3. The fractured nature of the rebel forces is a direct consequence of Qaddafi’s rule. Buoyed by oil money, Qaddafi was able to maintain power without developing the sorts of political institutions that are common in other states.
There was no ruling party in Libya, a very small bureaucracy and a weak, divided army. Instead, power in Qaddafi’s Libya was largely informal and mediated through patronage networks, in which the Brother Leader sat in the middle. The base of the ruling class was extremely narrow–certain tribes, Qaddafi family members and a constellation of security agencies were the main beneficiaries of the oil largesse.
Even when the country took a neoliberal turn after 1999, the opening of the economy only benefited a narrow slice of the ruling class. It is for these reasons that, unlike the revolutions of Egypt, Tunisia and Syria (but somewhat like that of Yemen), a section of the ruling class broke with the state to lead the revolution. But this section of the national bourgeoisie–in particular, ex-generals, ministers and prominent businessmen, together with the middle class (doctors, lawyers and the like)–relies entirely on the popular upsurge beneath them.
That upsurge is also rooted in the specifics of Qaddafi’s rule. The economy is extremely un-diversified–even four decades into his rule, oil remains the country’s primary economic activity. Aside from a few token development projects, the majority of state spending was on maintaining its patronage networks or on foreign adventures. This has led to an extremely tiny working class–far smaller than the neighbors Egypt and Tunisia. (The oil sector itself is heavily reliant on foreign labor and expertise, and most consumer goods in Libya are imported.)
At the same time, life under Qaddafi grew increasingly difficult. Wages were by and large frozen at 1980s levels, even as rents and food prices skyrocketed; some state subsidies were slashed under neoliberalization; the lingering effects of the UN-backed sanctions regime of the 1990s has left the oil sector in dire need of an upgrade; and the state remained as repressive as ever.
These factors ultimately led to the revolution. But unlike Egypt and Tunisia, the lack of a strong working class (either numerically or politically), the dearth of political parties and the absence civil society led the struggle to become an armed one. It was under the command of a section of the old ruling class, but in a haphazard way–rebellious youth joined revolutionary groups based on their tribe or hometown or whichever businessman could give them guns and vehicles. The political level of the rebels is quite low–hence the vicious racism that plagues the rebel victory.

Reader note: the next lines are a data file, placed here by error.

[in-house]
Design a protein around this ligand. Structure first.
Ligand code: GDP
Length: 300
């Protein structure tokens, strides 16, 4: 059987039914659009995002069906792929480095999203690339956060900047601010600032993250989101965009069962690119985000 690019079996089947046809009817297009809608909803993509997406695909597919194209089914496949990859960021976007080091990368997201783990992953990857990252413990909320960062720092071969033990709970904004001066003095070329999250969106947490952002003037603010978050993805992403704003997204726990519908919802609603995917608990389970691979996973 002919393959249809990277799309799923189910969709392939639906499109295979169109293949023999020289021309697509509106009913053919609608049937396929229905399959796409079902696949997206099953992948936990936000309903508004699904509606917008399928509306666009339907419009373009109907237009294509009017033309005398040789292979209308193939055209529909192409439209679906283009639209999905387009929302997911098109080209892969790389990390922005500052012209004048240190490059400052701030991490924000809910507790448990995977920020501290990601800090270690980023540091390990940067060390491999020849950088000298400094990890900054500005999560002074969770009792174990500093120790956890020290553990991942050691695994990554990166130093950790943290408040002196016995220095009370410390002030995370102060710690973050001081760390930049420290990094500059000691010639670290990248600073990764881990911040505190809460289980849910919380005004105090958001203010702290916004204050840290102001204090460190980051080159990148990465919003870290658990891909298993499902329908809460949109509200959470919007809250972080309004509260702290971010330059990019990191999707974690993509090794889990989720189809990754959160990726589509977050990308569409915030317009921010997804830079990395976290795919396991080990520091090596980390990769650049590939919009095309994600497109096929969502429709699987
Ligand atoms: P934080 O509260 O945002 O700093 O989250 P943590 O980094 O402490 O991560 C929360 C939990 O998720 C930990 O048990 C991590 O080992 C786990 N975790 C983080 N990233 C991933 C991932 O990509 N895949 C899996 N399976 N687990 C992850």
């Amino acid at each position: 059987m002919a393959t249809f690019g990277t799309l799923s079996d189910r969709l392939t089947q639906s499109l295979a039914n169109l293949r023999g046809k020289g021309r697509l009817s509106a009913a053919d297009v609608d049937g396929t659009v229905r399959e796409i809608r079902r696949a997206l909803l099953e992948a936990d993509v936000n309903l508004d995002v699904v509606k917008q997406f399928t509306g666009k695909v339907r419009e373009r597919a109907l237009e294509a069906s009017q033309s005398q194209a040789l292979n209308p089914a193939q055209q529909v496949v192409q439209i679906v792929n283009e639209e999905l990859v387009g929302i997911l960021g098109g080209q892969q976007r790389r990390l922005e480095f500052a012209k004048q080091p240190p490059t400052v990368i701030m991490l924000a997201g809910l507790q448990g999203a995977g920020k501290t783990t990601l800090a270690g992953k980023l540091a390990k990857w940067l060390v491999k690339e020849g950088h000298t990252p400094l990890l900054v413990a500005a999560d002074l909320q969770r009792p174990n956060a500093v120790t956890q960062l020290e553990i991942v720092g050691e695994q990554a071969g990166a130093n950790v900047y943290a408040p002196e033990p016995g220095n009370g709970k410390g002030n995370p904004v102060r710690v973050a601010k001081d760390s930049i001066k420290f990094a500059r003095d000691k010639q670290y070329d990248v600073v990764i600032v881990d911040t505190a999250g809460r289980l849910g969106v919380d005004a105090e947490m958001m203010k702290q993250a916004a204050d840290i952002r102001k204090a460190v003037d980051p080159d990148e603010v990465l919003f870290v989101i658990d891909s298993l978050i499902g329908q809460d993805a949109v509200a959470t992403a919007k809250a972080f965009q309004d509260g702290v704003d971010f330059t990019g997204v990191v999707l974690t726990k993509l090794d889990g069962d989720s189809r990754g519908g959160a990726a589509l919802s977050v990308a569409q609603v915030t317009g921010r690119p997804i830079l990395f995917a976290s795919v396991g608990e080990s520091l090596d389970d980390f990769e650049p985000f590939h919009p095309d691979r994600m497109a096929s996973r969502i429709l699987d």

4. Despite the popular nature of the revolution, the weakness of political structures in Libya means the prospects of a left wing emerging from it are exceedingly dim. However, they were even dimmer under Qaddafi, and the revolution gives Libyan society the space for such things to develop. It may not come soon–it would require a restructuring of the economy, a growth of the working class and so on–but for the first time in its history, Libya has a chance. For that reason alone, the revolution should be supported. Moreover, the victory has breathed new life into the uprisings throughout the Arab world, particularly in Syria and Yemen.
It is possible, however, that the forces that eventually emerge on top will continue things in the Qaddafi mold. It’s far too early to say who will be the ultimate winner of Libya’s revolution, but we do know who will attempt to determine the outcome.
The U.S. and its allies continue to try to subordinate the revolution to their interests. They have backed a section of the rebels that seems to lack a national base, in an effort the control the course of the Arab revolutions. They aren’t interested in a genuine democracy, but in a limited, managed democracy that is subservient to their needs. The main task for activists in the U.S. is to confront this reality, and help give the Libyan revolution space to grow.
A writer in Tripoli
September 20, 2011